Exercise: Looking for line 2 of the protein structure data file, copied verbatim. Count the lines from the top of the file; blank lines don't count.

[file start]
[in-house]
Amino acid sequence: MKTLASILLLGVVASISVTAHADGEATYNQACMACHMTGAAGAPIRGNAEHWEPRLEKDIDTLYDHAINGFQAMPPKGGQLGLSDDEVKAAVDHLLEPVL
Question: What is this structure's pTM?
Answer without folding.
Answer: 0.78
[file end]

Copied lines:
Amino acid sequence: MKTLASILLLGVVASISVTAHADGEATYNQACMACHMTGAAGAPIRGNAEHWEPRLEKDIDTLYDHAINGFQAMPPKGGQLGLSDDEVKAAVDHLLEPVL